My Name is Grace
In My Name is Grace Lukhele presents the reader with a complex, layered and sometimes confusing storyline. Grace’s seemingly together life as a powerful business woman and with a doctor for a boyfriend falls apart when she gets an aggressive call asking for Lisa. She is forced to come face to face with a past that she only vaguely remembers. This unravels a set of destructive events. She is spied on by her PA and her colleague. Who she considers to be friends, are not quite friends. Her own life and who she thinks she is, is under threat.
I have never quite understood what prologues are for. But this book starts with one, just one page that gets the story going very quickly and sparks the reader’s curiosity. Who is Jake who clutches Grace’s hand and then takes his last breath? What is the “promise” he is reminding her about?
The book is only 84 pages. The chapters are short yet very full and laden with questions. This is what keeps the reader glued. I suspect the confusion in the storyline is a deliberate technique that is tactfully and successfully executed by the writer. I wanted to read more and quickly so that I could crack the code for myself. Who is Lisa? Why is she being followed? Who is hounding her and why? And the dream, what is that about?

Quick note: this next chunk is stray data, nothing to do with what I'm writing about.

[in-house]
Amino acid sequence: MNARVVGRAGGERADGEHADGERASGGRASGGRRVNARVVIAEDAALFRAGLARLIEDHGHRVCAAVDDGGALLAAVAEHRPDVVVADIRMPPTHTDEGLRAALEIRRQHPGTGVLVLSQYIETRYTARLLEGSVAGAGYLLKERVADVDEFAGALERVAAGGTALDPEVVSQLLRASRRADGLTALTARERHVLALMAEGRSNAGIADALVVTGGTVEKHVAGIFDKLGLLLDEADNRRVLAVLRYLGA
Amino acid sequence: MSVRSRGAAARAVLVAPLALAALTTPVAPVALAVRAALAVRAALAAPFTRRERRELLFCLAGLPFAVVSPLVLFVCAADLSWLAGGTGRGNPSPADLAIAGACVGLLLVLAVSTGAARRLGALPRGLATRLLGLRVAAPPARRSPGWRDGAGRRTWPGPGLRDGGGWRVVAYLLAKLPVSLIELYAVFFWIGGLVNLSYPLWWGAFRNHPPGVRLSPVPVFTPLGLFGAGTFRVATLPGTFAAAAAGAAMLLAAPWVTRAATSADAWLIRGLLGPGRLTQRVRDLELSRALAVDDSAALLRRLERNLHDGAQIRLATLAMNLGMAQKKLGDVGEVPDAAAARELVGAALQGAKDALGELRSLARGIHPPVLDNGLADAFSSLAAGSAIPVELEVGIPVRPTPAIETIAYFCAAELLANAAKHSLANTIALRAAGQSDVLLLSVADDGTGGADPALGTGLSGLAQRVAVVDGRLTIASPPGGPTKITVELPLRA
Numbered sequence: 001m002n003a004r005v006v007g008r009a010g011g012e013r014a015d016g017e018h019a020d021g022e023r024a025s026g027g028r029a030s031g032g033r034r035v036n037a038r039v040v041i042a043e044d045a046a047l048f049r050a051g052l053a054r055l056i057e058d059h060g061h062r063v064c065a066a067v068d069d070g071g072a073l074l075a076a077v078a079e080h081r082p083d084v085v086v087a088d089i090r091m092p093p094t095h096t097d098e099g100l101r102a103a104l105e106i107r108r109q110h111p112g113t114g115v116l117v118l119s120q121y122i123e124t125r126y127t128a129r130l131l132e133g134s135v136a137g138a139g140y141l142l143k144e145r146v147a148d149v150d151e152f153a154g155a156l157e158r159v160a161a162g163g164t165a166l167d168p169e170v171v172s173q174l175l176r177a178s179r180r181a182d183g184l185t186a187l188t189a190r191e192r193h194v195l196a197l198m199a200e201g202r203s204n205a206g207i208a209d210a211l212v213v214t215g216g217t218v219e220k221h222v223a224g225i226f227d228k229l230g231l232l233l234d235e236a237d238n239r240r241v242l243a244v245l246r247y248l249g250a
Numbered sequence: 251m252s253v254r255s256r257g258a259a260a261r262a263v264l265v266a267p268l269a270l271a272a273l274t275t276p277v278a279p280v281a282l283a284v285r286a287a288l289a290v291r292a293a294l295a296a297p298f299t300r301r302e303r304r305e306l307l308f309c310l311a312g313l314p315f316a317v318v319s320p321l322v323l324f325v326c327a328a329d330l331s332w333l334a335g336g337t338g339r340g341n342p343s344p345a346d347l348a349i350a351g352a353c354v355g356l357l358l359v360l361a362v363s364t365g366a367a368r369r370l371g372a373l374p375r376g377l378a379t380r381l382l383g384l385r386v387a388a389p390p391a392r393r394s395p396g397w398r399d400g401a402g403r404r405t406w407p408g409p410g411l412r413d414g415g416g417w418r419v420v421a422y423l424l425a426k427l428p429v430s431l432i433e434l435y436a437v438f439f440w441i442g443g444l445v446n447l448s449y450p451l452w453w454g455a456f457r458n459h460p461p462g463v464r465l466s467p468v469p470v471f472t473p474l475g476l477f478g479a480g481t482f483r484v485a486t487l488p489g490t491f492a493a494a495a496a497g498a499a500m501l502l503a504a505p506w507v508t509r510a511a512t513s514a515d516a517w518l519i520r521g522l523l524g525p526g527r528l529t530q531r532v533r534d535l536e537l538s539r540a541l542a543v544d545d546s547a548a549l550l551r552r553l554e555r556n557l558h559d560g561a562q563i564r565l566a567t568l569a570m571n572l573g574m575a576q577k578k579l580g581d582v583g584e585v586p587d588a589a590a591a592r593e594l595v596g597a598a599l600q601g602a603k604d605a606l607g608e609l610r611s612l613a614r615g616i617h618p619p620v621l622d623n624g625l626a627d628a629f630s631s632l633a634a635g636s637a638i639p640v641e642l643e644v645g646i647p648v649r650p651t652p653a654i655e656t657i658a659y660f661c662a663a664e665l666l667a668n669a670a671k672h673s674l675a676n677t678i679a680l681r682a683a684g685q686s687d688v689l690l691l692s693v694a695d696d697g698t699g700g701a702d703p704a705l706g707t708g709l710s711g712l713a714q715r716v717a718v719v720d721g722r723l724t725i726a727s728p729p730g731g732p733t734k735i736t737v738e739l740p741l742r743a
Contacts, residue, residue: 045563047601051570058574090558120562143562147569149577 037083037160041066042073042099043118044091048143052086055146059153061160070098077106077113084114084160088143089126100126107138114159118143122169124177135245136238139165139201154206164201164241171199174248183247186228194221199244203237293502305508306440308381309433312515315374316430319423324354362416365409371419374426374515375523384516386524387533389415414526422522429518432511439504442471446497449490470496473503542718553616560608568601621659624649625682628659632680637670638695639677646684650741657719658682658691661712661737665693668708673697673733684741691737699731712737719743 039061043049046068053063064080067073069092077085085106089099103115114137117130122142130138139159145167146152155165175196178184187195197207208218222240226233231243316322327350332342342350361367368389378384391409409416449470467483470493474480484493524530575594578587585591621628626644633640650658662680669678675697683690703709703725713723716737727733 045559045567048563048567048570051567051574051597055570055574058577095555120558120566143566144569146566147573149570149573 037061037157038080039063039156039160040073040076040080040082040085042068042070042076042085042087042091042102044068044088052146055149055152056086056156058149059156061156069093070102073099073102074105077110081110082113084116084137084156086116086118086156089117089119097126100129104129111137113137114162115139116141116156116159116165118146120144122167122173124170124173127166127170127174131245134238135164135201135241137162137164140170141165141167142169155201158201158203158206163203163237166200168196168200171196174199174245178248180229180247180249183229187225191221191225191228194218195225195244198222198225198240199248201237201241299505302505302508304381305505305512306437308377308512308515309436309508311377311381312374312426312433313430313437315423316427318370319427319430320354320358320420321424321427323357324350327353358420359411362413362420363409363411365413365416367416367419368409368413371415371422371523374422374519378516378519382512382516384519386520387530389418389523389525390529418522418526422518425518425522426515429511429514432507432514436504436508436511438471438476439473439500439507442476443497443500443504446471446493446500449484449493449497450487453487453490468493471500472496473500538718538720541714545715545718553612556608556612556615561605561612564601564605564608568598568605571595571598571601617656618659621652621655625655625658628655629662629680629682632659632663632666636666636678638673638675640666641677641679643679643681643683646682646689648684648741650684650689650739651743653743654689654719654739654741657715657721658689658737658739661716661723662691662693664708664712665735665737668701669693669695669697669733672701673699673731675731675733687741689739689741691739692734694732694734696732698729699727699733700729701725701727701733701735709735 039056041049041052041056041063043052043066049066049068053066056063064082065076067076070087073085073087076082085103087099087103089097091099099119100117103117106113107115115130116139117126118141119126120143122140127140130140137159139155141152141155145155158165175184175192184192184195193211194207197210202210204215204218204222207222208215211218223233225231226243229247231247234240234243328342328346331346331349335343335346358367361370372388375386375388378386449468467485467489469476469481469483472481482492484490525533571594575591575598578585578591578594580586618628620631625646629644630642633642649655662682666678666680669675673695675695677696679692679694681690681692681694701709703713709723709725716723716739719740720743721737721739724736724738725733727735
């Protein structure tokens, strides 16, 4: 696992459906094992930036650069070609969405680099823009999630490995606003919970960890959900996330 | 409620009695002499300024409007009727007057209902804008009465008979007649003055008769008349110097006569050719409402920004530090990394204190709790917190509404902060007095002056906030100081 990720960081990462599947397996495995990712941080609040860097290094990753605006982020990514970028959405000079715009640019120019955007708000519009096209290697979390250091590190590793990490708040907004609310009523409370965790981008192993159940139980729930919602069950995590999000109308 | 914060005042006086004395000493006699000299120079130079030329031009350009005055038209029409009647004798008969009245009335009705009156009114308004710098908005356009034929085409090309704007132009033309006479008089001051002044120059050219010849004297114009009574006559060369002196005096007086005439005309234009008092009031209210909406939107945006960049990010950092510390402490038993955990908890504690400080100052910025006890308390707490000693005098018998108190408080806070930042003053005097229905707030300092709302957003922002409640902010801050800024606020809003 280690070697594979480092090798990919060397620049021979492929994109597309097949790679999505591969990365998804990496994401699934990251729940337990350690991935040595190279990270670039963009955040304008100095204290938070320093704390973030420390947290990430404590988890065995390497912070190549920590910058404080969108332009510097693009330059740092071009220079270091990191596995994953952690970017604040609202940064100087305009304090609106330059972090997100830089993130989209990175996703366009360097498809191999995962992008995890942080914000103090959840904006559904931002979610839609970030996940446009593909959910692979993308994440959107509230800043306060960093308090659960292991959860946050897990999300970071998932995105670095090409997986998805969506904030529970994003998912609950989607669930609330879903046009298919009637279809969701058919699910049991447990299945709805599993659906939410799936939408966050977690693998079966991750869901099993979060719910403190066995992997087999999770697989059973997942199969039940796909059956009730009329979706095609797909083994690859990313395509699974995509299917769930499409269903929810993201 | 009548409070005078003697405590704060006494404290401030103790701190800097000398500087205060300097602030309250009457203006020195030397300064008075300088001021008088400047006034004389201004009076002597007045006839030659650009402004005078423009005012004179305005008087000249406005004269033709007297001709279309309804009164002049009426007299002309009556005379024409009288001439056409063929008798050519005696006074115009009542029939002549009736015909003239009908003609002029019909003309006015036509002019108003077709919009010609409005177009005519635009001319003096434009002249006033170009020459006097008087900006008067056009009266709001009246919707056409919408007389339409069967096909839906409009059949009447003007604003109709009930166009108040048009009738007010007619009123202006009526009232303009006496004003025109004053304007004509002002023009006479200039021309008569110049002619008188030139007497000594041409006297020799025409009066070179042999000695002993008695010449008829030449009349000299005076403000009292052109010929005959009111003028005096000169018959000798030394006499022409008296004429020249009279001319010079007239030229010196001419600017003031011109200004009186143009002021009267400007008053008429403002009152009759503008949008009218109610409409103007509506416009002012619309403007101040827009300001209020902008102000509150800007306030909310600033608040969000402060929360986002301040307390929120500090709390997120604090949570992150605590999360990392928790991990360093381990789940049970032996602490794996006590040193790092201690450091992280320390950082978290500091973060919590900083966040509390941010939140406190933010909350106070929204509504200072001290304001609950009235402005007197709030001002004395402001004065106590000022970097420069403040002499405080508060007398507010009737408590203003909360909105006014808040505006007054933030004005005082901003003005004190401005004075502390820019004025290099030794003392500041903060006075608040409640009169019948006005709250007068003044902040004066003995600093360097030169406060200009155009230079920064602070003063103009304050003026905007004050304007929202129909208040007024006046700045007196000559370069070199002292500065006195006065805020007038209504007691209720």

Lukhele is a skillful writer who succeeds in holding together a complex and intriguing storyline with many characters. She captures her reader’s curiosity by constantly raising the tension and adding new questions to already unresolved ones. She releases the answers in dribs and drabs.
I am fascinated by Lukhele’s treatment of her women characters. They are complex, nuanced and layered. But they are also believable. We all know how a PA can protect or bring their boss down! This is the case with Grace’s PA.
My Name is Grace is story of family betrayal, greed and selfishness where the end justifies the means, even if it has to include abandonment, rape, cold-blooded murder, spying and hypnotisation to hide the truth. This is contrary to our understanding of selflessness and ubuntu as anchors of the African family.
I recommend the book to those eager for a short adrenalin shot!